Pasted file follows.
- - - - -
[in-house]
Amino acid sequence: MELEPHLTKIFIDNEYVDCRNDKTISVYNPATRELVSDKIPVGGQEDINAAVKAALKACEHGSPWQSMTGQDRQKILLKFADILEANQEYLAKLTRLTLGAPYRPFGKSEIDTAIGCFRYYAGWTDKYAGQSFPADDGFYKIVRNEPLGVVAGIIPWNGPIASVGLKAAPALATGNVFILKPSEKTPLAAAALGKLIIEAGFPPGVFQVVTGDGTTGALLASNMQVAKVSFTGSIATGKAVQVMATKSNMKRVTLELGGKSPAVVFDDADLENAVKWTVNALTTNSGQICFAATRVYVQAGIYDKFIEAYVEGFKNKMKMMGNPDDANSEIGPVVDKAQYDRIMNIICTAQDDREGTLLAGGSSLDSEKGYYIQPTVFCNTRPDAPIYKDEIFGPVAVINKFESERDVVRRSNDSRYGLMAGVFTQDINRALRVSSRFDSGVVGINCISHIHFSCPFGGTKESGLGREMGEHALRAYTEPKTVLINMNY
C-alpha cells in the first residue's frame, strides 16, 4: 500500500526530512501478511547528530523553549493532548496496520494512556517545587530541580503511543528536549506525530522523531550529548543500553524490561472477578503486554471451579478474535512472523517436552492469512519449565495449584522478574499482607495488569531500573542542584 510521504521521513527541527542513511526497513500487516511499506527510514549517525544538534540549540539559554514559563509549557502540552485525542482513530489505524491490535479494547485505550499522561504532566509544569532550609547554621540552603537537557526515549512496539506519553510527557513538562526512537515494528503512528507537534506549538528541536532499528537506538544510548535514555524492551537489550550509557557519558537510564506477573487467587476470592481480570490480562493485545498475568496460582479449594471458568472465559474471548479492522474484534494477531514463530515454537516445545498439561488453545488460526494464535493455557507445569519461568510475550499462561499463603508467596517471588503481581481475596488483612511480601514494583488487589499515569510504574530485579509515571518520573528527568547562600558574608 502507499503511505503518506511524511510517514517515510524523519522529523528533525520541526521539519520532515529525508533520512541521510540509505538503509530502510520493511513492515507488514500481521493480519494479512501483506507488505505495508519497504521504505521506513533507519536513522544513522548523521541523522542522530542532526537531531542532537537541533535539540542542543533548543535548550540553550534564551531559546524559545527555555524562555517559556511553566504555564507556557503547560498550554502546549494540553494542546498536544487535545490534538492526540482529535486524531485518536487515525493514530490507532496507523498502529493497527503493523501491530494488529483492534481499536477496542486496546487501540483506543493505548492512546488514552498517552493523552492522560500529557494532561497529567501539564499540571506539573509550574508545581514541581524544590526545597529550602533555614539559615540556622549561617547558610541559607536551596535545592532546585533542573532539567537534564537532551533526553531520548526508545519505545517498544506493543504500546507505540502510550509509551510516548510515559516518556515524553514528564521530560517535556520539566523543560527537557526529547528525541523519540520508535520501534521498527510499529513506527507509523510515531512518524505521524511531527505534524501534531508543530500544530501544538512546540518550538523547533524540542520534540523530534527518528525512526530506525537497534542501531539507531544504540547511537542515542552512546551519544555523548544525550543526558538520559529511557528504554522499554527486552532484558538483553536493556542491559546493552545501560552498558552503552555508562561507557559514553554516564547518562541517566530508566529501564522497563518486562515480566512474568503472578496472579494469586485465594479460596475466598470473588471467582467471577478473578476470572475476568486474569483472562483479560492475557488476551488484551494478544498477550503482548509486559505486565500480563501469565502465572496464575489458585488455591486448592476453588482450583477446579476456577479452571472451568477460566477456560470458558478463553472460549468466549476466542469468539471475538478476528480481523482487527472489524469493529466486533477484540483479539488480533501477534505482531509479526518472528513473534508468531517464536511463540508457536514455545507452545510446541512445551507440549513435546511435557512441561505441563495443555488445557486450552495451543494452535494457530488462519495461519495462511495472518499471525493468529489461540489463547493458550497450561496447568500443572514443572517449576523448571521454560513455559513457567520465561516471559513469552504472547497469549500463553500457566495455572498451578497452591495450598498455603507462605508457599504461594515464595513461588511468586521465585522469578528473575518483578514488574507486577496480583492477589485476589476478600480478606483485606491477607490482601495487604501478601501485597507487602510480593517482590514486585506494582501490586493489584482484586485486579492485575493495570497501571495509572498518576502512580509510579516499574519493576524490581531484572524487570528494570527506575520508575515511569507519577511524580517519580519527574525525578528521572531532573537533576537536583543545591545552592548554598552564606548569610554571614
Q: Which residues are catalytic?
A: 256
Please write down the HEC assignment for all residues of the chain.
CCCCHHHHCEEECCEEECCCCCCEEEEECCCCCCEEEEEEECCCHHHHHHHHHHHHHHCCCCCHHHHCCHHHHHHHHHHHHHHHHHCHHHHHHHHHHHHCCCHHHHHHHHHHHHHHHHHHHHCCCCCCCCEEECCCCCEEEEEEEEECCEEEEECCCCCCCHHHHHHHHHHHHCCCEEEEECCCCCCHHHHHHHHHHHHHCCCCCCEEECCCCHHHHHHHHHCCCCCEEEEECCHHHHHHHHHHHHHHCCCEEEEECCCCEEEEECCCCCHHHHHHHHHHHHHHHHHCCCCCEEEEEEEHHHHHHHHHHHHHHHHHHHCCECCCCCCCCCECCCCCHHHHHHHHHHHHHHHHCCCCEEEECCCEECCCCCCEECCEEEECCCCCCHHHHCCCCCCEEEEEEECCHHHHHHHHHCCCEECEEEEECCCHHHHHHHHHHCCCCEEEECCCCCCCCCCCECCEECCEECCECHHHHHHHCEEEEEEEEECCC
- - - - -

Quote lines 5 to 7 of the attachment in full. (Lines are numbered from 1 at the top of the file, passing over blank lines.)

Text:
A: 256
Please write down the HEC assignment for all residues of the chain.
CCCCHHHHCEEECCEEECCCCCCEEEEECCCCCCEEEEEEECCCHHHHHHHHHHHHHHCCCCCHHHHCCHHHHHHHHHHHHHHHHHCHHHHHHHHHHHHCCCHHHHHHHHHHHHHHHHHHHHCCCCCCCCEEECCCCCEEEEEEEEECCEEEEECCCCCCCHHHHHHHHHHHHCCCEEEEECCCCCCHHHHHHHHHHHHHCCCCCCEEECCCCHHHHHHHHHCCCCCEEEEECCHHHHHHHHHHHHHHCCCEEEEECCCCEEEEECCCCCHHHHHHHHHHHHHHHHHCCCCCEEEEEEEHHHHHHHHHHHHHHHHHHHCCECCCCCCCCCECCCCCHHHHHHHHHHHHHHHHCCCCEEEECCCEECCCCCCEECCEEEECCCCCCHHHHCCCCCCEEEEEEECCHHHHHHHHHCCCEECEEEEECCCHHHHHHHHHHCCCCEEEECCCCCCCCCCCECCEECCEECCECHHHHHHHCEEEEEEEEECCC